Ion Jalea (jale means mourning in Romanian) lived between 1887-1983 and was a Romanian sculptor of realist leanings with marked Romantic influences. Jalea was born and spent his childhood close to the seaside, in an area known as Dobrudja (in a little village near the Danube Delta National Park). His gift for art was encouraged by the local authorities who supported him financially to continue his sculpture studies in Bucharest, where Jalea worked under the guidance of modernist sculptors like Frederic Storck. Later, he went to Paris, to Julian Academy, where he had as master Antoine Bourdelle, himself a student of the renown Auguste Rodin.

Jalea enrolled in the army and fought in WWI. Notably, he lost his left hand in the war, hence all his sculptures were made afterwards by the help of his right arm only. Jalea thus belongs to a circle of artists like his co-national writer and art critic of Symbolist sensitivity, Perperssicius (by his pen name) or like the Austrian piano player, Paul Wittgenstein (brother of the distinguished philosopher of the language, Ludwig Wittgenstein) who achieved impressive things in domains such as sculpture, writing and piano playing, where challenging such disability accounts for a genuine passion for his own calling. 

As previously mentioned, Jalea’s works include realist art, visible in the themes of the rural world (peasants and their outfit, agrarian scenes), but also in some busts of ordinary people or of  Bucharest or Dobrudja based personalities. What surprises is that, despite being a sculptor favoured by the Communist official art of post 1950s, throughout his artistic career, Jalea approached many Romantic and religious themes. Of the Romantic themes, we can enumerate: the Lucifer series; the female nude series; mythical figures like Pegasus, the Centaur; historical series like the Basarabs (early medieval dynasty which had an important role in the foundation of the first political formations in the southern part of what later became Romania). Of the religious themes, we point to the towering sculptures of Saints Peter and Paul; to Saints George, Matthew; to John, the evangelist. The materials favoured by Jalea for his sculptures are: marble, stone, gypsum, bronze.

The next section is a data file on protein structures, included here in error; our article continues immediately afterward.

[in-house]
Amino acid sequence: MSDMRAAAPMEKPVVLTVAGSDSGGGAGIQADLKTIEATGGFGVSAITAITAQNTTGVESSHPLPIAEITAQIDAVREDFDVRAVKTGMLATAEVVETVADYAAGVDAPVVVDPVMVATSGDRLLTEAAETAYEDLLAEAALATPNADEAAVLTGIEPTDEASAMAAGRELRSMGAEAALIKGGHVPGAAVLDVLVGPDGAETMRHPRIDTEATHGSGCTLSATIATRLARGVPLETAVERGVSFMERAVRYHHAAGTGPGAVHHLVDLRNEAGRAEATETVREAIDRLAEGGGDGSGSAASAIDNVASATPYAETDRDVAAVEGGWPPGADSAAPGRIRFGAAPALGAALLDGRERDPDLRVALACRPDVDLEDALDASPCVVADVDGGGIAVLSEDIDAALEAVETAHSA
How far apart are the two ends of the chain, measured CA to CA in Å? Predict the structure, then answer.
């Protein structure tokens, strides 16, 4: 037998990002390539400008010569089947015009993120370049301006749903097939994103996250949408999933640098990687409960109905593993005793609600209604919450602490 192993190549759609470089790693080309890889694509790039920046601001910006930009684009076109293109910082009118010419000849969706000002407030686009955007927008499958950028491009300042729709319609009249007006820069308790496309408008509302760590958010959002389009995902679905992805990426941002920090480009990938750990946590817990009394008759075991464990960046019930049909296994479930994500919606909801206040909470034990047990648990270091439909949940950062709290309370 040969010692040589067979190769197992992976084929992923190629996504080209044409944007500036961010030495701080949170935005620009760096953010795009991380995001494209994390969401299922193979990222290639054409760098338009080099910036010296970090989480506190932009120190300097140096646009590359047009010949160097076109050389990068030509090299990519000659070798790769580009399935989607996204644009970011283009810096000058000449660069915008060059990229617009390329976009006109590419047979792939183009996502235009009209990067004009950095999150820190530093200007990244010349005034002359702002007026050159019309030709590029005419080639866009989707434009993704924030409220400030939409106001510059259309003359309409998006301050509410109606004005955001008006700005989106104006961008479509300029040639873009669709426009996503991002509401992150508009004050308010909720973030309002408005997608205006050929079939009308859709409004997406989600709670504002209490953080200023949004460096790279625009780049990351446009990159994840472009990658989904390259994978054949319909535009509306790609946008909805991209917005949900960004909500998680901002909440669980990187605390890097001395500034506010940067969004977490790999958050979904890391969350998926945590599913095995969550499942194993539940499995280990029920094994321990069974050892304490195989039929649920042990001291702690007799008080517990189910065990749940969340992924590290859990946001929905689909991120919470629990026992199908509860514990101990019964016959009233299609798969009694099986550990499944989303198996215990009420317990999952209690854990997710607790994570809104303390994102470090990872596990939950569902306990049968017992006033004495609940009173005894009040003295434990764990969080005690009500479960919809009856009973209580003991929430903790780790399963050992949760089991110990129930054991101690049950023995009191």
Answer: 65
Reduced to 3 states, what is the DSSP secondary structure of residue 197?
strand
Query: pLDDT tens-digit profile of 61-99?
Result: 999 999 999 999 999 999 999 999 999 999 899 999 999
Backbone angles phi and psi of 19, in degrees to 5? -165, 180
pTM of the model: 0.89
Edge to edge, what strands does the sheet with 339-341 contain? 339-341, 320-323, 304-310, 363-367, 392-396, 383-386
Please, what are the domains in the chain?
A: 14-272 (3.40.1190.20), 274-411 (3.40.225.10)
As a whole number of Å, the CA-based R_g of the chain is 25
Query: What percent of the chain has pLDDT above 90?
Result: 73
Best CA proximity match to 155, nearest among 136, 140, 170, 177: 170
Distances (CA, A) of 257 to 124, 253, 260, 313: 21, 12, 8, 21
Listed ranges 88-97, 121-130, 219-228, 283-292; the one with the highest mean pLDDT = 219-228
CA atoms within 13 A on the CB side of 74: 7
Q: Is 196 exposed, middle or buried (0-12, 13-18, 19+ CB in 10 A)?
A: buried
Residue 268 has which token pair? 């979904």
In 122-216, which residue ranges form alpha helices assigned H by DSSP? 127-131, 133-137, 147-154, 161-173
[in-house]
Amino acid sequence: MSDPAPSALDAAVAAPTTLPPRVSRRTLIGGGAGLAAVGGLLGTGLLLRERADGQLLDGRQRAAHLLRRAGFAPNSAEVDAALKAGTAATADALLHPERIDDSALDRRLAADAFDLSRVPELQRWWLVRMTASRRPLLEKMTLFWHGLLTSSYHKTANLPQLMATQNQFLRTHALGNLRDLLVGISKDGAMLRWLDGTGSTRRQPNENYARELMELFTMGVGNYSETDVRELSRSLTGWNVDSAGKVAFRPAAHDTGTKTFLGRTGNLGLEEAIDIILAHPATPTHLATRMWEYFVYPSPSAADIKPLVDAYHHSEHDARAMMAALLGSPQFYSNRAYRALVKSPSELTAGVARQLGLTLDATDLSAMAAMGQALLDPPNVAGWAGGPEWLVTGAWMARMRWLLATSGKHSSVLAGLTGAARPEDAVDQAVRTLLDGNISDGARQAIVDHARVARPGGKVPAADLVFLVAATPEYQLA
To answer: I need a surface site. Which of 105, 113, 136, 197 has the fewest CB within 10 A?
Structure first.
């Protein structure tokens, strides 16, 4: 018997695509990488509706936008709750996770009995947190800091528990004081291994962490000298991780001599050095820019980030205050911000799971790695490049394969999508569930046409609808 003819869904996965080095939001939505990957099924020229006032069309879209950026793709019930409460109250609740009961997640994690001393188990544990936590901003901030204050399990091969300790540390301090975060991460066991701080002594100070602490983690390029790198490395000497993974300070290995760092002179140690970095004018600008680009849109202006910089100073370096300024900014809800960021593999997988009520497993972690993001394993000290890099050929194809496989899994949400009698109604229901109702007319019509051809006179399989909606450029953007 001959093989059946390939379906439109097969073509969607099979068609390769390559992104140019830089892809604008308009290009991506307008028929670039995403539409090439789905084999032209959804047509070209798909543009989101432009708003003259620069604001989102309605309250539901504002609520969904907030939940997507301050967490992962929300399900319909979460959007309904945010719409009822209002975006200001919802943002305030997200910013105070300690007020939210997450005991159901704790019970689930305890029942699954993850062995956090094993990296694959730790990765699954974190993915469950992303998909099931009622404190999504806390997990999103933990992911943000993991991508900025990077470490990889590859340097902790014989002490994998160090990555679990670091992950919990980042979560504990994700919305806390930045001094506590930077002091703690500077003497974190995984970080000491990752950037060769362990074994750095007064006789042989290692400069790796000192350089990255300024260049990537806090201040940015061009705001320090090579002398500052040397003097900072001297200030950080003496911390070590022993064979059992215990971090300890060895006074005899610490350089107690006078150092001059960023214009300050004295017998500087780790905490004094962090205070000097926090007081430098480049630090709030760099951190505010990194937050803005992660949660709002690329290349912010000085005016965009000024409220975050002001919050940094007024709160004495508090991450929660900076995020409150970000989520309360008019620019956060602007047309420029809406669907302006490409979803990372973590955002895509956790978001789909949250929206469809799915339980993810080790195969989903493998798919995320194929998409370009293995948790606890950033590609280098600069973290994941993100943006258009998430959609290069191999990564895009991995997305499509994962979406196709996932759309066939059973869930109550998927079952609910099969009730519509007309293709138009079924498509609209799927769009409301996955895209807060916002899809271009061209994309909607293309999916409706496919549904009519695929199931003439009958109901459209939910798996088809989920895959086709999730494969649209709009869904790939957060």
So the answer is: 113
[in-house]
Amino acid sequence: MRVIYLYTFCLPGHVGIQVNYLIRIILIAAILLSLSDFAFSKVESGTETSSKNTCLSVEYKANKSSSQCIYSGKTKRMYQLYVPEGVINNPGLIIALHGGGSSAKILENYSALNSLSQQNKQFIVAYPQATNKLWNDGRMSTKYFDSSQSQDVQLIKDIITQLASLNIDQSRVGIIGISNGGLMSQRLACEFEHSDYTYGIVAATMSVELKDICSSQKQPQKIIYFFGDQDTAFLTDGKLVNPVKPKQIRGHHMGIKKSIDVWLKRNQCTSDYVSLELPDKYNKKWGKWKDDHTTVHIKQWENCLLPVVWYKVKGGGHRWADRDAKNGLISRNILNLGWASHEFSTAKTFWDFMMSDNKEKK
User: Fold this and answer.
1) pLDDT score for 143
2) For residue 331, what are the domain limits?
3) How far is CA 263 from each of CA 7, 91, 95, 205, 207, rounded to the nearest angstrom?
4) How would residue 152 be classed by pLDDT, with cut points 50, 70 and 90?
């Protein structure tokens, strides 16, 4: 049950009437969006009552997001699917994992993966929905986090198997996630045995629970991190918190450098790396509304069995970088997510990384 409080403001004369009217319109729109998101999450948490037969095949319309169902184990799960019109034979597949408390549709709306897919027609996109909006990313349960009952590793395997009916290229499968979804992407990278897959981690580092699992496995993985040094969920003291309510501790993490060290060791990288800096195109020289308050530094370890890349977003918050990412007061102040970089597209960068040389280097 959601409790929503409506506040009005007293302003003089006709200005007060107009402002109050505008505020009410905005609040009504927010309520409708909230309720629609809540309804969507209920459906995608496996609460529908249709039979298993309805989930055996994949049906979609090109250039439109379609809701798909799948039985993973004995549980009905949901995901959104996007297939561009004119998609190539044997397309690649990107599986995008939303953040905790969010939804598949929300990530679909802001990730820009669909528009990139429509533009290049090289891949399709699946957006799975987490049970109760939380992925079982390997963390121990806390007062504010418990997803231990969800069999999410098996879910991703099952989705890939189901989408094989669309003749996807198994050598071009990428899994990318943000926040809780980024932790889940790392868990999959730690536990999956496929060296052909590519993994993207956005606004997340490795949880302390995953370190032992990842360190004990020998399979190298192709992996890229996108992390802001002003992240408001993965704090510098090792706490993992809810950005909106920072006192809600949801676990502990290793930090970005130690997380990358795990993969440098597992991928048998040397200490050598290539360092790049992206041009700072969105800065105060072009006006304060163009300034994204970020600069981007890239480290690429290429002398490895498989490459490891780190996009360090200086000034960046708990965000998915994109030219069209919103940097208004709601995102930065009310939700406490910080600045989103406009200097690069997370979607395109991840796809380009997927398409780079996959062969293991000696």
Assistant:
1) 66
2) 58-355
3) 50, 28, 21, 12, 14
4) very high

The museum which hosts 227 of Jalea’s works is located in a very beautiful Neo-Romanian style house (an architectural style that represents a blend of oriental (moorish), local Renaissance (Brancovan) and sacral influences). This style represents the most commonly met visual expression of post 1918 Romanian nationalism, as chosen at the level of public buildings built in major cities, particularly in locations like Constanța, which traditionally were multi-ethnic and multi-cultural. The villa we are referring to was built at the end of WWI by the architect Victor Ștefănescu and it initially belonged to the prefect of Constanța, Constantin Pariano. The building becomes a museum in 1968. In 1969, most of the sculptures collection of the museum were donated by Jalea to the state. In 1984, after his death, his family completed the collection with other donations.   

Many of Jalea’s sculptures can be also found in public areas like boulevards and parks in Constanța and Bucharest. Similar in size to the group of Saints Peter and Paul, the statue of queen Elisabeth, the wife of king Carol I of Hohenzollern dynasty, the first king of Romania, majestically overlooks the sea (it is located on the boulevard close to the museum).   

Resources: (accessed 11th August 2021) (accessed 11th August 2021)

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